The Amicus anthologies: from Dr Terror to Beyond the Grave

peter cushing tales from the crypt
Peter Cushing in the ‘Poetic Justice’ segment of Tales From the Crypt

I spent some pleasant hours over Christmas immersed in a book about Britain’s other leading producers of horror films.

For around a decade, the only consistent rival to the supremacy of Hammer Films in the genre was Amicus, best-known for its seven ‘portmanteau’ collections of short horror stories.

As Brian Mc Fadden points out in Amicus Horrors: Tales from the Filmmaker’s Crypt (Midnight Marquee Press, 2013), Amicus was not a studio in the traditional sense. It was a company that consisted of two American producers – the creative head Milton Subotsky, working in Britain, and finance man Max J. Rosenberg, based in the US. It did not own the premises where it made its film, but rented studios at Twickenham and Shepperton, where it produced some of Britain’s best-remembered horror movies.

Subotsky had seen Ealing Studios’ great collection of ghost stories Dead of Night (1945) and he realised that the format could be used for films with more overtly horrific material and catchpenny titles.  Hence, the anthologies for which Amicus is best known: Dr Terror’s House of Horrors, Torture Garden, The House That Dripped Blood, Tales From the Crypt, Asylum, Vault of Horror and From Beyond the Grave, all made between 1964 and 1973.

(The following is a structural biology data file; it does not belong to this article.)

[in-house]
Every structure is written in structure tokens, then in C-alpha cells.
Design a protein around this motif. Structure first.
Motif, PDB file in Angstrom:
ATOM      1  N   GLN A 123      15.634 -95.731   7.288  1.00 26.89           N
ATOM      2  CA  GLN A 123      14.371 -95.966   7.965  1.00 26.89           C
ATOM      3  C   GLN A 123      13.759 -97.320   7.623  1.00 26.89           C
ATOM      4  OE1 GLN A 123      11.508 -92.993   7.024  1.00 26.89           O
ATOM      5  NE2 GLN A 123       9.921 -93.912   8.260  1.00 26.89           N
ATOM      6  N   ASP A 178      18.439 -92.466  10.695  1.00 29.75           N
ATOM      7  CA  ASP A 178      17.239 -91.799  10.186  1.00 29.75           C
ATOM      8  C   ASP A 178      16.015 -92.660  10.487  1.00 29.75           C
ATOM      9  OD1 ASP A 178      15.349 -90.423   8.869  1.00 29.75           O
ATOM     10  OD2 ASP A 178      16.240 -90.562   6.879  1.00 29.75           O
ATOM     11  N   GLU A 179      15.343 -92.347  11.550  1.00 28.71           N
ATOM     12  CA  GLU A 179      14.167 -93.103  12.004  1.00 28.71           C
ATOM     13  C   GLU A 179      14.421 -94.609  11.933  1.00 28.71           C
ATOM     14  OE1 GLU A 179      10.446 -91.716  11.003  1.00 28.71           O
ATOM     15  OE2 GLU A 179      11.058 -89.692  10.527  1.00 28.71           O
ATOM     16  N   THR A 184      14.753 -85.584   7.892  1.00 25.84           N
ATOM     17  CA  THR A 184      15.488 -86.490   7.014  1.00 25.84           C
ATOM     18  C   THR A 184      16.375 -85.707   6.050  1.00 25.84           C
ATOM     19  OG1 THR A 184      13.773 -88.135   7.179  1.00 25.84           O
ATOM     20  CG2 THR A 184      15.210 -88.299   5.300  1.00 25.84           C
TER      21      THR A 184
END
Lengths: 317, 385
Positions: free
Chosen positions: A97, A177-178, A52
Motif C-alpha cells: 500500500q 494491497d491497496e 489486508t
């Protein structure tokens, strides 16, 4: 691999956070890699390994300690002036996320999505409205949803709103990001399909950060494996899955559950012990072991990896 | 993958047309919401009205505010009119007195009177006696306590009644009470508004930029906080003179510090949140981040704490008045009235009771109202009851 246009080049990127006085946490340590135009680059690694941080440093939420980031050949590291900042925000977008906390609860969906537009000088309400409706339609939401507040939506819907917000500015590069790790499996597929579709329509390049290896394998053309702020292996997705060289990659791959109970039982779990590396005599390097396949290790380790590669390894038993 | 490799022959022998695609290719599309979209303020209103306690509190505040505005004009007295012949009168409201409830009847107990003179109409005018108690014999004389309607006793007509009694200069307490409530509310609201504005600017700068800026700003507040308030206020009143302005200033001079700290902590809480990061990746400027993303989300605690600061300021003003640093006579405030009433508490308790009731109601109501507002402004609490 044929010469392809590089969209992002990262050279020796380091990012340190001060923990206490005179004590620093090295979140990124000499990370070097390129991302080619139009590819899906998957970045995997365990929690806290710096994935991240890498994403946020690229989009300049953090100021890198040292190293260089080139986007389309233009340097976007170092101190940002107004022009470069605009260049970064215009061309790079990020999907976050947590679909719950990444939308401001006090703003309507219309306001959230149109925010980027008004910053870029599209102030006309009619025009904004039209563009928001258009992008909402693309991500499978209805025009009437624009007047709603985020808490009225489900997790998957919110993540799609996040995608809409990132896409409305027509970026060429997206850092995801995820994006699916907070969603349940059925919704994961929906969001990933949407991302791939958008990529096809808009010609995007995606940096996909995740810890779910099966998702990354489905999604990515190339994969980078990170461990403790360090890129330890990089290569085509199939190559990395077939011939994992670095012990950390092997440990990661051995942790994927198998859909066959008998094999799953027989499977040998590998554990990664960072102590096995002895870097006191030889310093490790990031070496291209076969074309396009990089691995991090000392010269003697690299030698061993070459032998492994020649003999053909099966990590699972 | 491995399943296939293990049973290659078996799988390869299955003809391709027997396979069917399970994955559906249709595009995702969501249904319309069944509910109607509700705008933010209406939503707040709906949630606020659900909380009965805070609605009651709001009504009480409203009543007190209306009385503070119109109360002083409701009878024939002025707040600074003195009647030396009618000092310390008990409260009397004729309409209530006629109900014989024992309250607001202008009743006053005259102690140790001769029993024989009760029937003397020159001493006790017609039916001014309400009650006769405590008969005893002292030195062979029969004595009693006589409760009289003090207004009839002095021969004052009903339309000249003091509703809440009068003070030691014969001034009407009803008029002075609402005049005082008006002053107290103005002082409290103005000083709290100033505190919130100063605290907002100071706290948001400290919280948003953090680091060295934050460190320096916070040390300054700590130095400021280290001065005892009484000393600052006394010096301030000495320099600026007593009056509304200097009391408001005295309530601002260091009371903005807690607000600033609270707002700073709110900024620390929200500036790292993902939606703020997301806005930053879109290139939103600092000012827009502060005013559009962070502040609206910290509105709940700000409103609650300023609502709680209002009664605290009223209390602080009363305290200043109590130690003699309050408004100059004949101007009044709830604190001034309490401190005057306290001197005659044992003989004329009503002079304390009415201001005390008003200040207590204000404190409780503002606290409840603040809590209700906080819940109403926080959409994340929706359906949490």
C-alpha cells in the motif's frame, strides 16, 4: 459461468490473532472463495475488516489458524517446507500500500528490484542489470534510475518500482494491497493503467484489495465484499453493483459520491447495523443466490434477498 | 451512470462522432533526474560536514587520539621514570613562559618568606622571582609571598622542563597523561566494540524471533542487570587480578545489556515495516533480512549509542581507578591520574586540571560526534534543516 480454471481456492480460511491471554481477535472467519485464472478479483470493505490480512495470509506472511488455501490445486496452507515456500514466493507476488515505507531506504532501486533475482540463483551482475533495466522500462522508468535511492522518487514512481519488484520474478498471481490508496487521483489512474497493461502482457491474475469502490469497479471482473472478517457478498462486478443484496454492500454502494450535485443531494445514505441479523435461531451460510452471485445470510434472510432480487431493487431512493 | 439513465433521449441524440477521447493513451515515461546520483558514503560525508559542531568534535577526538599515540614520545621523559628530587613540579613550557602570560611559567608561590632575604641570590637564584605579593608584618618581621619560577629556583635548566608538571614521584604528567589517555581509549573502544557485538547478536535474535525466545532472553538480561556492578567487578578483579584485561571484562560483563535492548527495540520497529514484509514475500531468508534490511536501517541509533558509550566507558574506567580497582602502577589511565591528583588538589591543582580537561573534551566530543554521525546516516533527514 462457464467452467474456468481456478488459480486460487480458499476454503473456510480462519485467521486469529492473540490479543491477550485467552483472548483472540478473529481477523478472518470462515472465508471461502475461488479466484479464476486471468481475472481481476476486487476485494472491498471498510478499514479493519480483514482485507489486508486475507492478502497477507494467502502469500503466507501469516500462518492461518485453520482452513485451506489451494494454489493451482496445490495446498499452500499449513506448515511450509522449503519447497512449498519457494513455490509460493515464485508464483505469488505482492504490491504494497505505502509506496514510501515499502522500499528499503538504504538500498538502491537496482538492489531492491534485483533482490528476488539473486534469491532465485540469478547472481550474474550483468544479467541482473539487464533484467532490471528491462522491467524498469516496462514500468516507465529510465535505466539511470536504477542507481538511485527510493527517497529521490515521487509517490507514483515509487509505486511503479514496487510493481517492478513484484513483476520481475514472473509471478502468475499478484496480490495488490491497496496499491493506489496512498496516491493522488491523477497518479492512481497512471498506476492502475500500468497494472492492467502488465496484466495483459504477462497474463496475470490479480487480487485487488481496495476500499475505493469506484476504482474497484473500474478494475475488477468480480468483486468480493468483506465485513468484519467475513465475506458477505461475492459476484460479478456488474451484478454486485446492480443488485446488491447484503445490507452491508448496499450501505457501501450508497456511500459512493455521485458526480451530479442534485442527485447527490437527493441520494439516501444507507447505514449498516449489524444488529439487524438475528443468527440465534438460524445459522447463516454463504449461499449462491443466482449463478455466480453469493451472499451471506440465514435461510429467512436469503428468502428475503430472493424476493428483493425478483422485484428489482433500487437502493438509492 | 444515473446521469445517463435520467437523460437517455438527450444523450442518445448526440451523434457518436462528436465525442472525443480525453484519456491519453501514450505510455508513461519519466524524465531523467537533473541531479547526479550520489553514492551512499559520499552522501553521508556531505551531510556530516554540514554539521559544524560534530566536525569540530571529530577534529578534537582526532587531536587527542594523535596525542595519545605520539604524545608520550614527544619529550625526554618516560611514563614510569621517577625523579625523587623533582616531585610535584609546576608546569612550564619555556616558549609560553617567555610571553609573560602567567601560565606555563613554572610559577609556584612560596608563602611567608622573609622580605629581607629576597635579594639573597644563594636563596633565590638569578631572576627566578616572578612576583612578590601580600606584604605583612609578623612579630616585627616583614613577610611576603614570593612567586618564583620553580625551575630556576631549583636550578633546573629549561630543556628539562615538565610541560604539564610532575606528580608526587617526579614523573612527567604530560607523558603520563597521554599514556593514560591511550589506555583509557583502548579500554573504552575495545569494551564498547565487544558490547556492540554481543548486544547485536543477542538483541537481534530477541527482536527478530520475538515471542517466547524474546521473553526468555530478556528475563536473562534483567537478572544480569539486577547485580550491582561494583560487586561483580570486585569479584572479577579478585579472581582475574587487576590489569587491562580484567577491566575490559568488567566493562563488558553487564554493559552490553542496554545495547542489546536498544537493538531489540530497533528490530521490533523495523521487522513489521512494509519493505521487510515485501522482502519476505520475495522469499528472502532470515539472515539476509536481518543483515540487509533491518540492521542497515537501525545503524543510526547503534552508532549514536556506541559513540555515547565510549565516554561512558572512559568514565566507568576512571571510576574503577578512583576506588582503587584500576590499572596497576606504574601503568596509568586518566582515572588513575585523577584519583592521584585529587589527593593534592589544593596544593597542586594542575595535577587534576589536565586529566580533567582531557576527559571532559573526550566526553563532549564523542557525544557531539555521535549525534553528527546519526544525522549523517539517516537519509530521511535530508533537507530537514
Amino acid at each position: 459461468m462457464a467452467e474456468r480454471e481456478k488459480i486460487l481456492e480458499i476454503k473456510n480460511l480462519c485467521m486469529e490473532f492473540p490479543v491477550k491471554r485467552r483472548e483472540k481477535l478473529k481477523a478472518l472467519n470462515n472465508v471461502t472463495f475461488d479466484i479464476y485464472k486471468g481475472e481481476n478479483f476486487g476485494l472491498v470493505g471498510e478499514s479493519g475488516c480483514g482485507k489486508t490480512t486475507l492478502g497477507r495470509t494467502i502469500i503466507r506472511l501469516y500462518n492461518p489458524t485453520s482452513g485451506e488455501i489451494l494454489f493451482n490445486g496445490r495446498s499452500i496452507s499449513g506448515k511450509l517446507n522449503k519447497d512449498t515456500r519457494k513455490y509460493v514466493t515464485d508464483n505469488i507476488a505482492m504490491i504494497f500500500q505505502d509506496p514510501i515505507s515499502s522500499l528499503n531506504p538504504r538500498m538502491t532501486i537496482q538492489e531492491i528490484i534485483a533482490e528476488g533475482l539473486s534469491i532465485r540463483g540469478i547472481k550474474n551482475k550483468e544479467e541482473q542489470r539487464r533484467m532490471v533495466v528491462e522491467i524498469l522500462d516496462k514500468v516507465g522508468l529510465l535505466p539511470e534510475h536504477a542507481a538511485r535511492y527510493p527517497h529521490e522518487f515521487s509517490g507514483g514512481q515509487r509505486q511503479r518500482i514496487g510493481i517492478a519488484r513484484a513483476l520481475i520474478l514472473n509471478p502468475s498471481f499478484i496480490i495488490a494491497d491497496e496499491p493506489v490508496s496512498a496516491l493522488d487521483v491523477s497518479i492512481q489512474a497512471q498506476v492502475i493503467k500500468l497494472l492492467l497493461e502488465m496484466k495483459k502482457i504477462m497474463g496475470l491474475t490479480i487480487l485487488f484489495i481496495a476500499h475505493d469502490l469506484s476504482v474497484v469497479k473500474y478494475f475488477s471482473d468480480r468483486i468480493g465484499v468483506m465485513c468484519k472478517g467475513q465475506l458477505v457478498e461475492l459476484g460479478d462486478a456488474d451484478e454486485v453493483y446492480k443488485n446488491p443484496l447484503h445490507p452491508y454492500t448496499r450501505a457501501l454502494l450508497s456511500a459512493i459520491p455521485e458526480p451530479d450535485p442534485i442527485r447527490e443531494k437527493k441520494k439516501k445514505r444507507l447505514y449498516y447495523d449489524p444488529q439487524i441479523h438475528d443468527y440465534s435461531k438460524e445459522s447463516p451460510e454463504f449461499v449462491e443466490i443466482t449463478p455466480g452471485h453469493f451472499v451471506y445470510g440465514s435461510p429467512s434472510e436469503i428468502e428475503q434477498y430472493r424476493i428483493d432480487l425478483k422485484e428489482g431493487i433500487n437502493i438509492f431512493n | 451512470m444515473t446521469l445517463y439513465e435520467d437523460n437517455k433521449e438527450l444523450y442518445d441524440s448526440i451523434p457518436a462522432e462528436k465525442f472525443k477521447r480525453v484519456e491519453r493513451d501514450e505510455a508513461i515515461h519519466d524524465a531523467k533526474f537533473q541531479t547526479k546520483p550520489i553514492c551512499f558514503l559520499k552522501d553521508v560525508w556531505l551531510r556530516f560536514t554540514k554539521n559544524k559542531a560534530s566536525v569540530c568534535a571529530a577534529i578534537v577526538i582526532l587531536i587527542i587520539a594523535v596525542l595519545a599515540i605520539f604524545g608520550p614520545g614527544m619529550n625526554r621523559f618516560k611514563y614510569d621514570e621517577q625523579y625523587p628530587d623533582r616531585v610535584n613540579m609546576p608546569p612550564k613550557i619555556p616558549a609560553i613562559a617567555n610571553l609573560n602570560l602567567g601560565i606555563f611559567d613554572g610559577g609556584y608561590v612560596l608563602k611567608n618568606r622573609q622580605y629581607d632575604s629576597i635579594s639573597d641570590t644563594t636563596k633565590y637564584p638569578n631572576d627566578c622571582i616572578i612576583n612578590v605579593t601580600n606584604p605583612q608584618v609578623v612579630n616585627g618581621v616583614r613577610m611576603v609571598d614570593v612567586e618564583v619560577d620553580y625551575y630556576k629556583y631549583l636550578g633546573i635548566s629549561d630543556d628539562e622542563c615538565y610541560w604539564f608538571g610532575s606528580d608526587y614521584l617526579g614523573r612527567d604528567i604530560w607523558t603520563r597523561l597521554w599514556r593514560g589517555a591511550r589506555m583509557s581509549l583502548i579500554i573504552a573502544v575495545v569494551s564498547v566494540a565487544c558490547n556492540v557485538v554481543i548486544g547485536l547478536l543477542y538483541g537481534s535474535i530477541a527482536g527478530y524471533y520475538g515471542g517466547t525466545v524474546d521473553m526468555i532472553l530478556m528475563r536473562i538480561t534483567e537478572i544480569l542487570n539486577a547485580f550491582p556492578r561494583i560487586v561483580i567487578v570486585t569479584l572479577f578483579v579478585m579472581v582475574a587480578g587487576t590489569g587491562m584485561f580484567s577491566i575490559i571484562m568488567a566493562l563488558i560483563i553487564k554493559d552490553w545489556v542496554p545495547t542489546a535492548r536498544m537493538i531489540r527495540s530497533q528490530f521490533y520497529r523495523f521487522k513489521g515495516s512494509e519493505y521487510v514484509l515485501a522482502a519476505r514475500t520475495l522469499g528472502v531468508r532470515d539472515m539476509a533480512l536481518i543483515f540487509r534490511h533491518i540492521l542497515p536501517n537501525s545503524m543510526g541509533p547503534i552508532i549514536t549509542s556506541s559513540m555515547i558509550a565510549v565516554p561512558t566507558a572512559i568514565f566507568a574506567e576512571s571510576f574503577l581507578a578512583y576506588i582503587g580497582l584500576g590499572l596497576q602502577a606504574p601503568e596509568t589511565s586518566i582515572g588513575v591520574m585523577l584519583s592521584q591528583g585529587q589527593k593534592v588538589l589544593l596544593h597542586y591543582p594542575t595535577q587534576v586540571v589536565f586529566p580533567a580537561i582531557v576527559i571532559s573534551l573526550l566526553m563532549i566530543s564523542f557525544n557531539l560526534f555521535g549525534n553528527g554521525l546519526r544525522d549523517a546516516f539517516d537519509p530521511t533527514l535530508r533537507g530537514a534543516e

ingrid pitt house_that_dripped_blood
Ingrid Pitt in the Amicus anthology The House That Dripped Blood


Successful as most of those films were, they have been given remarkably short shrift by critics. It’s no surprise that the mainstream press of the time treated them off-handedly, but even experts in the genre have given them little credit. Kim Newman’s excellent Nightmare Movies is among many to dismiss Amicus’s oeuvre as pretty unthreatening. “The overall impression is of about fifty mini-movies in which something supernaturally horrid happens to an embarrassed guest star,” he writes.

It’s true that the Amicus anthologies were never as lurid as the titles might suggest. Whereas Hammer’s films became more explicit, in the areas of gore and sexuality, as they went along, the Amicus films show little evidence of the cultural changes that were happening around them. David Pirie’s fine book A Heritage of Horror quotes Subotsky as saying that he made horror films because “it was the only kind of cinema where you could avoid sex and violence”, noting that there was more than a little truth to the joke.

Hammer’s horror films were almost all set in unspecified European locations in the 19th century, yet they revealed a lot about the Britain of their times and the things it was frightened of – including sex, passion, challenges to the social hierarchy, and films that were not ‘realistic’ or made in black-and-white.

Amicus’s films were almost all set in the modern day, and yet  they reveal little about the society of their time, other than the kind of cars people drove and the interiors that were considered stylish. (I’m not being flippant; those are among the pleasures to be had from the movies.) And yet Amicus did contribute something important to the genre.

Amicus may not have annoyed the censors the way Hammer and others did, but its films tapped into the same ghoulish sense of fun that informed the Pan Book of Horror Stories collections and the E.C. Horror Comics.  (To this day, the horror comics are on the list of banned or restricted items you cannot bring into the UK, so the two Amicus films directly inspired by E.C. were the nearest most people got to reading them.)